Pop culture obsessives writing for the pop culture obsessed.
Pop culture obsessives writing for the pop culture obsessed.

Another Period: “Senate”

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Whether you think Another Period is working as a period sitcom-slash-reality series parody or not, it’s very important to note that Another Period’s very success (or lack thereof) depends greatly on the leadership of Natasha Leggero and Riki Lindhome, both as showrunners and lead actresses. The plots are driven by them—and Lillian and Beatrice Bellacourt—even with a mightily talented cast of actors (comedic or otherwise) that could easily anchor their own version of the show.

At least, it appears as though the supporting cast could easily take over, which is why “Senate” is actually the first truly disappointing episode of Another Period. This is the first episode of Another Period to put Lillian and Beatrice in the corner, choosing instead to put focus on their brother Frederick. Now, while Frederick (and by extension, Jason Ritter) has been an unexpected highlight of the series, “Senate” goes a long way to show why there’s a reason Lillian and Beatrice are the stars—and it’s not just because of Leggero and Lindhome’s role as showrunners. These ladies are the messy glue that holds this entire coordinated trainwreck together. We just needed to be reminded of that.

As if in response to recent comments about the lack of the Commodore in these first few episodes, David Koechner makes his more pronounced “return” in this episode, which is a major reason why this is the Frederick show. In the Commodore’s world, this is man’s world. But sadly, as great as everyone in this cast is, Another Period is a show that just works at its best with women at the forefront. Here, not only are the women the supporting characters, but the A-plot is all about the Frederick learning lessons about manliness from Hamish and Victor (as Garfield takes notes, possibly on Towel). It honestly makes a lot of sense that a more present Commodore is one who values masculinity above all else, especially in a house full of boisterous women (one of which is his mistress/dominatrix). But it’s sadly not the most compelling version of the show.

It’s all still pretty funny. That doesn’t appear to be a problem with Another Period if we’re going with its baseline (which is probably the best thing to call this). It’s just not as funny. It was bound to happen, but now it’s apparent that the parts of the show that might actually be the most divisive (Lillian and Beatrice) are actually the best. That definitely is a like it or not position.

Again, none of this is to say the guys aren’t worth watching. Jason Ritter really is an underrated highlight of the series, as this episode has him trying to figure out how to get past Frederick’s alleged “latent and acute homosexuality,” despite his not-so-secret affair with his twin sister. Then, the fact that he has believed that Victor’s name has been “Vigtar” this entire time just feels right—it feels very Frederick, much like everything in this plot, even as he asks himself “to be queer or not to be queer.” I’ve wanted to truly compare Another Period to It’s Always Sunny In Philadelphia for quite a while—especially given its proclivity to go out of its way not to employ blackface, while Sunny definitely went there—but Hamish busting out his own version of the D.E.N.N.I.S. System with H.A.M.I.S.H.—heat, aggression, mesmerize, isolate, say, hit—officially brings it there. Then there’s Chris Parnell’s arrival as Dr. Sigmund Freud, another example of perfect casting from Another Period with the man they call Dr. Spaceman. The focus on the men of the show isn’t bad, because the men they have aren’t bad characters or talents. But the winners of the series are relegated to the background here, and it’s not for the best.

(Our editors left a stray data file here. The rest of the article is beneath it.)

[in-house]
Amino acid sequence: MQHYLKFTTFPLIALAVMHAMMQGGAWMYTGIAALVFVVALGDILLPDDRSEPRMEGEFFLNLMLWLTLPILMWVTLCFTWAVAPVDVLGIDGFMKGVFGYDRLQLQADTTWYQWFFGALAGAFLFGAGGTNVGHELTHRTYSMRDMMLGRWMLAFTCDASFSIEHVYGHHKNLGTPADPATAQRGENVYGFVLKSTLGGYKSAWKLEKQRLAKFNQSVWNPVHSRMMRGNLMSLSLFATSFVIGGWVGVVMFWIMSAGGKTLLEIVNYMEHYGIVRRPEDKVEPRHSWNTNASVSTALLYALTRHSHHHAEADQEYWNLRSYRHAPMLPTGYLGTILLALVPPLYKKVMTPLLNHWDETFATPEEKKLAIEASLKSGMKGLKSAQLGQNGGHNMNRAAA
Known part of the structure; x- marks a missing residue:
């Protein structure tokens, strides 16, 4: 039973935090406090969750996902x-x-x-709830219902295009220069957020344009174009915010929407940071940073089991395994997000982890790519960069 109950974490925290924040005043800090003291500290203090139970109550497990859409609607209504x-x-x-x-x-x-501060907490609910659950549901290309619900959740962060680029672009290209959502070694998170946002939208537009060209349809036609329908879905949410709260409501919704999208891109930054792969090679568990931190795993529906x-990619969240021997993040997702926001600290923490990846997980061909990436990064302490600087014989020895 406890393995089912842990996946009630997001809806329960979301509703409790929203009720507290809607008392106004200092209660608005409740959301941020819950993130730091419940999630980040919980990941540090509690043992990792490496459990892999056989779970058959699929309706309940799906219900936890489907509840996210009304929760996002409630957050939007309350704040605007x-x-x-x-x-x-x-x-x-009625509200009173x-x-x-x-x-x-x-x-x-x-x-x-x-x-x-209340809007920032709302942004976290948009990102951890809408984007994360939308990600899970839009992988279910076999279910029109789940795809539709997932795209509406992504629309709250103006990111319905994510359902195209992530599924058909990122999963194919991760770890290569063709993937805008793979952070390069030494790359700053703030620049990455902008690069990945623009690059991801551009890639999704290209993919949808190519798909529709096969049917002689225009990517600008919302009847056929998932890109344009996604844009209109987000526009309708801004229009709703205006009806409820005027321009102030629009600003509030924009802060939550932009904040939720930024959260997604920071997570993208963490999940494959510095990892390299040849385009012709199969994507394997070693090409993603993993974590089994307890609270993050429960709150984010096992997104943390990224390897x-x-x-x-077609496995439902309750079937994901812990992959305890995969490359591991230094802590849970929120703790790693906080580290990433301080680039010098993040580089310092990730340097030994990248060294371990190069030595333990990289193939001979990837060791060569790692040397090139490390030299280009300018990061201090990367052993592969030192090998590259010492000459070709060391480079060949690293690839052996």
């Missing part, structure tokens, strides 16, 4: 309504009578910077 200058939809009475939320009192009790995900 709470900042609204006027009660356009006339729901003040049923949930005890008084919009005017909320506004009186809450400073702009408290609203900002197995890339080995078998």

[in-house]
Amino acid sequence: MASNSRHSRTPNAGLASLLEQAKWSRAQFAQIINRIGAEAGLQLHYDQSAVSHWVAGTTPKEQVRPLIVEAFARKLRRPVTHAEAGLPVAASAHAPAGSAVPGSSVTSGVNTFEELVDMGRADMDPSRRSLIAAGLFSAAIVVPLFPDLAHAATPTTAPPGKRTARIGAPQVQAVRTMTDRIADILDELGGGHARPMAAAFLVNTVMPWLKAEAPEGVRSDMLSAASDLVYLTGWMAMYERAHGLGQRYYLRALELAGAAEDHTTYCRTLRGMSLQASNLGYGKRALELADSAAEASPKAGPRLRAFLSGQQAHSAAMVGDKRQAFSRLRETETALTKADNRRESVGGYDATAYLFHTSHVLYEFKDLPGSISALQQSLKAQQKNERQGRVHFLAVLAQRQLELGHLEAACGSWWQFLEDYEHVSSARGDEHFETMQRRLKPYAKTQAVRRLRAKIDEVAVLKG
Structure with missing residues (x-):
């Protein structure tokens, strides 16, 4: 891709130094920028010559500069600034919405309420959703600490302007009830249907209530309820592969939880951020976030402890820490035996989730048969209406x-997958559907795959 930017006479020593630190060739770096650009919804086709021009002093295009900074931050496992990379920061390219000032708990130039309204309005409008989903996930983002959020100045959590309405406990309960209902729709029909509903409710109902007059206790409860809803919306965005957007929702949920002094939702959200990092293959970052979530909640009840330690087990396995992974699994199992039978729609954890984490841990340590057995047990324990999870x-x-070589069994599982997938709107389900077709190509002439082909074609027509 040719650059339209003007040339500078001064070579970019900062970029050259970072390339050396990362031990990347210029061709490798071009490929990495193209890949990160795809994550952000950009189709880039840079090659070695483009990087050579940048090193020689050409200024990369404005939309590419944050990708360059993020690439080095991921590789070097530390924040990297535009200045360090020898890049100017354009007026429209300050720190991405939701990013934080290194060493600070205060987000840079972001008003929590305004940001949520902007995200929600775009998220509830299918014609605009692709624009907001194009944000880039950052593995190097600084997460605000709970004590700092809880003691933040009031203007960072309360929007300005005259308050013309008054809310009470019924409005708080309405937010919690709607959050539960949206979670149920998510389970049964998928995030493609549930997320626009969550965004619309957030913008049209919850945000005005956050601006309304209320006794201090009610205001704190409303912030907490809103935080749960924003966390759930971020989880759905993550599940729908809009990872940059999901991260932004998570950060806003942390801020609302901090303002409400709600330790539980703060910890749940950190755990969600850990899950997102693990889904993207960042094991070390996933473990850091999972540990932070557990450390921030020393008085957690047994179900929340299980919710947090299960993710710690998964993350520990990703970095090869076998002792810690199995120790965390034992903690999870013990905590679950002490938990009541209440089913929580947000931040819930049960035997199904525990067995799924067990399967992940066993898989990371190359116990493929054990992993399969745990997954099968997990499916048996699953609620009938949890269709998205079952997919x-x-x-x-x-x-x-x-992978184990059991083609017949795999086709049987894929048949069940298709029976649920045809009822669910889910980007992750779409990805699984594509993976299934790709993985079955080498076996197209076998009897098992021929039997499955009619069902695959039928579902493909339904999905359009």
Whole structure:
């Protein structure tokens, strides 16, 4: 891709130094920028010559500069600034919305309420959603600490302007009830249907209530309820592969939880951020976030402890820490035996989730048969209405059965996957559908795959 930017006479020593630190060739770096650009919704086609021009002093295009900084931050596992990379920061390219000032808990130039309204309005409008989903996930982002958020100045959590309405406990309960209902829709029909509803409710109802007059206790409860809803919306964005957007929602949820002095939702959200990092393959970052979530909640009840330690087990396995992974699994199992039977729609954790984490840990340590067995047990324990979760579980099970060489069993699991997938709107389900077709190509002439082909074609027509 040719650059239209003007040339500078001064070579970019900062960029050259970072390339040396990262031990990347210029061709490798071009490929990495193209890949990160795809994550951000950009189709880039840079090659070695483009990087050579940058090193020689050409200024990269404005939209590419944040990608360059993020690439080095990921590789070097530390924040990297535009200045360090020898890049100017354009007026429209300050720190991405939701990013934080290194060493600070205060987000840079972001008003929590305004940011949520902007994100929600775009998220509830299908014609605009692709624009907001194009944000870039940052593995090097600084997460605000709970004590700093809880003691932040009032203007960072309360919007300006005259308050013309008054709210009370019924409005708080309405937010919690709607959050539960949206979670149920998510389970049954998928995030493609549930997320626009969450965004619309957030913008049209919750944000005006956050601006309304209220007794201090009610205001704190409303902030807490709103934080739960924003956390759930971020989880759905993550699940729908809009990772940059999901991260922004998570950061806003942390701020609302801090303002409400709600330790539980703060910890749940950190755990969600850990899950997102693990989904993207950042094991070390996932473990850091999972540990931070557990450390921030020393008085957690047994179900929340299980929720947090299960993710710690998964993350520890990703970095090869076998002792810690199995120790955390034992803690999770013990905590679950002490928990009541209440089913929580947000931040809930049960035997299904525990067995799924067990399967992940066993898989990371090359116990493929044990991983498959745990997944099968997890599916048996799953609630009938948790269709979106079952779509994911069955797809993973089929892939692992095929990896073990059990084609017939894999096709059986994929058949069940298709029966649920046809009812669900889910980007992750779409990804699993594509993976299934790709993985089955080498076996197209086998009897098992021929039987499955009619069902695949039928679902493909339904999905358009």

The NAG/women’s suffrage group returns this episode, mostly to show that Hortense is weird even for them. In just these few episodes, Hortense has always been the unattractive butt of jokes, so it’s quickly become necessary for her to find just one person that sees something there that wasn’t there before. Here, Brian J. White’s Chef Chauncey Allistar is just that person, and while the plot of her losing her virginity to a black man (again, that’s not the actual joke of the plot) isn’t all that great, the music cues more than make up for it. I feel it’s impossible to forget the “Pony” riff that comes with their scenes, especially with lyrics as amazing as “I wanna make some bacon babies with you.” If you’d just gotten that out of your head, I apologize.


But the best part of the episode is the chaos caused between the NAG group and Beatrice and Lillian, which reaffirms the point about the female leads really being what holds Another Period together. Crazy Beatrice quickly became a favorite back in “Divorce,” but it, along with secret savant Beatrice, just might make her the most interesting—even well-rounded—character on the show. Not too bad for the dumb one. Once all hell breaks loose, that’s when the episode gets interesting. It’s kind of a bloodbath. But it’s also definitely late in the game and maybe even a little too late. Blame it all on the hysteria, which is exactly what Freud does.

Stray observations

  • Poor Dodo. She deserves so much more than the Commodore. And all of the drugs. She just deserves so much more.
  • Dodo: “He called out the name Celine in his sleep.”
    Peepers: “Sounds French Canadian.” Insert rimshot here.
  • Hamish now knows what Chair’s situation really is with the Commodore, and blackmail is in play. “I’ve saved up 50 cents,” says Chair. Oh, Chair.
  • Beatrice the savant rears her head again, as she is of course an accomplished flautist. She’s also very anti-suffrage. It’s cute.
  • Pick a side: “NO VOTES FOR WOMEN” or “NO. VOTES FOR WOMEN”?